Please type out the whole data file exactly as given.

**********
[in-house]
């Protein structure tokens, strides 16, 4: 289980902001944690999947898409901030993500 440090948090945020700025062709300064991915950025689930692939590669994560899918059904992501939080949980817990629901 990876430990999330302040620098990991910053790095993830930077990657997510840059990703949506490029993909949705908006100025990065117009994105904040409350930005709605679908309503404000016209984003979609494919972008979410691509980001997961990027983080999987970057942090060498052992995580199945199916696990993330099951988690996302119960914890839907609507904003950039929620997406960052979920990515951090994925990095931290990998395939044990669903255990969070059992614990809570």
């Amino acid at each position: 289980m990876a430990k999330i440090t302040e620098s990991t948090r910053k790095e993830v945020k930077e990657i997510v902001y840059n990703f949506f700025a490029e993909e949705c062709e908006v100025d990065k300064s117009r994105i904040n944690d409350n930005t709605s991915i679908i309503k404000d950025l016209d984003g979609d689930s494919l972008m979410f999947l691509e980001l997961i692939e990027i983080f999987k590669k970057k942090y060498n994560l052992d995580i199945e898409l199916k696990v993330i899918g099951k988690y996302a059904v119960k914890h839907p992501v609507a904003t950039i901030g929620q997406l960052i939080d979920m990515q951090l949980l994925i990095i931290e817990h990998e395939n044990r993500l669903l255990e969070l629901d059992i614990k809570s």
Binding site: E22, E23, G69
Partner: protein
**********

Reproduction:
[in-house]
């Protein structure tokens, strides 16, 4: 289980902001944690999947898409901030993500 440090948090945020700025062709300064991915950025689930692939590669994560899918059904992501939080949980817990629901 990876430990999330302040620098990991910053790095993830930077990657997510840059990703949506490029993909949705908006100025990065117009994105904040409350930005709605679908309503404000016209984003979609494919972008979410691509980001997961990027983080999987970057942090060498052992995580199945199916696990993330099951988690996302119960914890839907609507904003950039929620997406960052979920990515951090994925990095931290990998395939044990669903255990969070059992614990809570």
């Amino acid at each position: 289980m990876a430990k999330i440090t302040e620098s990991t948090r910053k790095e993830v945020k930077e990657i997510v902001y840059n990703f949506f700025a490029e993909e949705c062709e908006v100025d990065k300064s117009r994105i904040n944690d409350n930005t709605s991915i679908i309503k404000d950025l016209d984003g979609d689930s494919l972008m979410f999947l691509e980001l997961i692939e990027i983080f999987k590669k970057k942090y060498n994560l052992d995580i199945e898409l199916k696990v993330i899918g099951k988690y996302a059904v119960k914890h839907p992501v609507a904003t950039i901030g929620q997406l960052i939080d979920m990515q951090l949980l994925i990095i931290e817990h990998e395939n044990r993500l669903l255990e969070l629901d059992i614990k809570s």
Binding site: E22, E23, G69
Partner: protein